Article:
UK Construction Confident but Supply Shortage Looms
House building is accelerating in the UK and should help ease the rapid pace of house price growth Reuters

July saw the sharpest increase in house building in the UK for more than a decade, but firms are struggling to get hold of the labour and materials they need.

The rise in residential construction work will help to ease the pressure on house prices, which are growing rapidly amid intense demand and a dearth in supply.

Researcher Markit said its monthly index for construction sector activity came in at 62.4 for July, down slightly from June's 62.6, but still well above the neutral 50.0 mark representing no expansion or contraction in activity.

Markit's report, compiled from surveys of construction purchasing managers, says the month saw the steepest rise in residential building activity since November 2003.

But there are problems within the strong construction sector recovery, which is rebounding from its post-financial crisis collapse in output.

"Looking ahead, a pressing concern for construction companies is the availability of materials and suitably skilled labour to support the recent growth streak," said Tim Moore, senior economist at Markit.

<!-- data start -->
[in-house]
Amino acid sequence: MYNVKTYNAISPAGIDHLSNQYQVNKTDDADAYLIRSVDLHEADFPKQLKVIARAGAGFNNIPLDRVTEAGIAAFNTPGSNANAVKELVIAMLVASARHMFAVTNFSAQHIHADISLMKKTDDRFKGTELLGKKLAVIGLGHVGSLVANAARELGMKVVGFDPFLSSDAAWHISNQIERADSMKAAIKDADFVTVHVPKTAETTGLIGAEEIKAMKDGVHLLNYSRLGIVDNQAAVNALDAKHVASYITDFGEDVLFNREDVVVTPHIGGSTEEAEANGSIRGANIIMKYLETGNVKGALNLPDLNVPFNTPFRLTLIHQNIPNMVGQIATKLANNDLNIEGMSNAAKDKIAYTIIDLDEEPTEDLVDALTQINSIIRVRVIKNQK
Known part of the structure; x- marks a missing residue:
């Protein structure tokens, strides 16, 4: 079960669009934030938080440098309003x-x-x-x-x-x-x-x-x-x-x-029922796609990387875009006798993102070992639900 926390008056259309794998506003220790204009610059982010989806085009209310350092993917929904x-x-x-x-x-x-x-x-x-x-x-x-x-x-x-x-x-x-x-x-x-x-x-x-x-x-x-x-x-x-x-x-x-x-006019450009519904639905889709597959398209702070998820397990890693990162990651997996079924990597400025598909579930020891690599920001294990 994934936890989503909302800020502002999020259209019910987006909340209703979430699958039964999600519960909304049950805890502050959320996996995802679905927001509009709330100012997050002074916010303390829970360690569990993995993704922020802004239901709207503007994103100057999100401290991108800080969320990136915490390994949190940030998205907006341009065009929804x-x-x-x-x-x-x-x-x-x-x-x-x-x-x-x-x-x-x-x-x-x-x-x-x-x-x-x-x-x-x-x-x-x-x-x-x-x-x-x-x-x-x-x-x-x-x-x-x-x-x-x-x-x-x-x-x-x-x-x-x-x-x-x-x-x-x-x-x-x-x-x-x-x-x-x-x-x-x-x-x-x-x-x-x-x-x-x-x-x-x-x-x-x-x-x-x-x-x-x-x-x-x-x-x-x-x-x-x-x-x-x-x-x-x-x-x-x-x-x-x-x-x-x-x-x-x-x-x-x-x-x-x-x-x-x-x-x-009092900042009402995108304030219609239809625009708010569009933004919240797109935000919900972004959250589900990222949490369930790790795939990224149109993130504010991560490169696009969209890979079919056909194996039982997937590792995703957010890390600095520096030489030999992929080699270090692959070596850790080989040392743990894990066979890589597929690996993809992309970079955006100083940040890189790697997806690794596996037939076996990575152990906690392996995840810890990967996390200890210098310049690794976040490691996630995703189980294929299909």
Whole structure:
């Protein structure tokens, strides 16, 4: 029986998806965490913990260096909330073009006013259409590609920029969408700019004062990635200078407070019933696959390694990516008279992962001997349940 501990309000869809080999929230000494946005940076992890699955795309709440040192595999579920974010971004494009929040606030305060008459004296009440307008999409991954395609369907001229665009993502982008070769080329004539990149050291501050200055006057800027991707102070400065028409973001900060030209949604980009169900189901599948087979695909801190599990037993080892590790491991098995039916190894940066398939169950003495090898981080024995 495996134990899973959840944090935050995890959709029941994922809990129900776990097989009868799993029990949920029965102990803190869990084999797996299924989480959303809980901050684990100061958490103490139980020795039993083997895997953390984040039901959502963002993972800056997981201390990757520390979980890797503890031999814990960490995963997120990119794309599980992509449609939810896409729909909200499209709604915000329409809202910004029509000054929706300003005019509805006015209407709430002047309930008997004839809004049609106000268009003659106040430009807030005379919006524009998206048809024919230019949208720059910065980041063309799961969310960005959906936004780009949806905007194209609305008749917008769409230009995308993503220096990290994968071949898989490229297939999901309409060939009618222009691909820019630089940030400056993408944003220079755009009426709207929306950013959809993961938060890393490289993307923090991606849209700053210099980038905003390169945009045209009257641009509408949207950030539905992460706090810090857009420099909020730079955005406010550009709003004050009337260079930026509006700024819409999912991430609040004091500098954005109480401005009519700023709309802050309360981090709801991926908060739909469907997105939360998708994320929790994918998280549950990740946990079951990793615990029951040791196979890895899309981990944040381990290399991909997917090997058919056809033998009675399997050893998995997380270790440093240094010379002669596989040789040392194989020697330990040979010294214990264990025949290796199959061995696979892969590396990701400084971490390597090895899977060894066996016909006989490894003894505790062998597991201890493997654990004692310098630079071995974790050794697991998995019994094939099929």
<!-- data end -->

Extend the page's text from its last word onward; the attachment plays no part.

"Cuts to supplier capacity have ushered in the worst period of input delivery delays since the survey began in 1997, while this summer has also been notable for construction firms reporting near-record increases in rates commanded for sub-contracted work."

House building is running at around half the level needed to meet demand for new affordable housing. And demand is rising sharply. Low interest rates, a recovering domestic economy and schemes such as Help to Buy have made getting a mortgage cheaper and easier.

The Office for National Statistics (ONS) said the average price of a UK house lifted 10.5% to £262,000.

A leaked official document suggests that house building rates will fall before the end of 2014. An estimate by the Department for Communities and Local Government (DCLG) said that there would be 128,000 housing starts during the year before the 2015 general election, a 4% annual drop.

This predicted fall is in spite of a rapid acceleration in housing starts at the end of 2013/14. In the three months to March, before the start of the new fiscal year, there were 36,450 housing starts – up 33% on the same quarter a year before.